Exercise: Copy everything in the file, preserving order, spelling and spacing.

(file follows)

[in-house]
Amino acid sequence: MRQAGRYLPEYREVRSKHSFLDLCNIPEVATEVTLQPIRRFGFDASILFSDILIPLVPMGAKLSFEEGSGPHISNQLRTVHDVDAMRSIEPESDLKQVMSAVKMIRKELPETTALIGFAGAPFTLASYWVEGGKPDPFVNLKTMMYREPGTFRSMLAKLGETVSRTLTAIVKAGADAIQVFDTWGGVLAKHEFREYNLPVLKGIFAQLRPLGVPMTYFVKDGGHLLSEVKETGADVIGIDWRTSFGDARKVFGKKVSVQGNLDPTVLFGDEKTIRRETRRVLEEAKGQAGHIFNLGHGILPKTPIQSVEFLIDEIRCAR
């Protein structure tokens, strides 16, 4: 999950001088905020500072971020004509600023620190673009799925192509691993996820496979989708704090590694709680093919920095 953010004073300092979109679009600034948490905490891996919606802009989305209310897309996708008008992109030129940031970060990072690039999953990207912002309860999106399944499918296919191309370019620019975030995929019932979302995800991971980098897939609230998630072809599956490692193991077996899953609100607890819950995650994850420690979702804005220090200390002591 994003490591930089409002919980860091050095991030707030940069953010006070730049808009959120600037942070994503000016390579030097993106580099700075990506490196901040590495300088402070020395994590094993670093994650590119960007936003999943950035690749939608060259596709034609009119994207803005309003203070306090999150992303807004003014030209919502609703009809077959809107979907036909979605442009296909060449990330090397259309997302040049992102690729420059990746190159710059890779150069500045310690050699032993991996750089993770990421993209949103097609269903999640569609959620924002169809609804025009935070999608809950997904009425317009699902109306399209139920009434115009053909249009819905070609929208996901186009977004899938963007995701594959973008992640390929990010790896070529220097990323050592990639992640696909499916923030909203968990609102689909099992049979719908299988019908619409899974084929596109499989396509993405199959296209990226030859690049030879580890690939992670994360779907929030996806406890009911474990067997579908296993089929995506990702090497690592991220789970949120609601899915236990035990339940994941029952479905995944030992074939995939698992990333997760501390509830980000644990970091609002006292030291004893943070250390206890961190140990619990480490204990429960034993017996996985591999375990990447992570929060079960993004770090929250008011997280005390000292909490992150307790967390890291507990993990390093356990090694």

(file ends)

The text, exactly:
[in-house]
Amino acid sequence: MRQAGRYLPEYREVRSKHSFLDLCNIPEVATEVTLQPIRRFGFDASILFSDILIPLVPMGAKLSFEEGSGPHISNQLRTVHDVDAMRSIEPESDLKQVMSAVKMIRKELPETTALIGFAGAPFTLASYWVEGGKPDPFVNLKTMMYREPGTFRSMLAKLGETVSRTLTAIVKAGADAIQVFDTWGGVLAKHEFREYNLPVLKGIFAQLRPLGVPMTYFVKDGGHLLSEVKETGADVIGIDWRTSFGDARKVFGKKVSVQGNLDPTVLFGDEKTIRRETRRVLEEAKGQAGHIFNLGHGILPKTPIQSVEFLIDEIRCAR
């Protein structure tokens, strides 16, 4: 999950001088905020500072971020004509600023620190673009799925192509691993996820496979989708704090590694709680093919920095 953010004073300092979109679009600034948490905490891996919606802009989305209310897309996708008008992109030129940031970060990072690039999953990207912002309860999106399944499918296919191309370019620019975030995929019932979302995800991971980098897939609230998630072809599956490692193991077996899953609100607890819950995650994850420690979702804005220090200390002591 994003490591930089409002919980860091050095991030707030940069953010006070730049808009959120600037942070994503000016390579030097993106580099700075990506490196901040590495300088402070020395994590094993670093994650590119960007936003999943950035690749939608060259596709034609009119994207803005309003203070306090999150992303807004003014030209919502609703009809077959809107979907036909979605442009296909060449990330090397259309997302040049992102690729420059990746190159710059890779150069500045310690050699032993991996750089993770990421993209949103097609269903999640569609959620924002169809609804025009935070999608809950997904009425317009699902109306399209139920009434115009053909249009819905070609929208996901186009977004899938963007995701594959973008992640390929990010790896070529220097990323050592990639992640696909499916923030909203968990609102689909099992049979719908299988019908619409899974084929596109499989396509993405199959296209990226030859690049030879580890690939992670994360779907929030996806406890009911474990067997579908296993089929995506990702090497690592991220789970949120609601899915236990035990339940994941029952479905995944030992074939995939698992990333997760501390509830980000644990970091609002006292030291004893943070250390206890961190140990619990480490204990429960034993017996996985591999375990990447992570929060079960993004770090929250008011997280005390000292909490992150307790967390890291507990993990390093356990090694």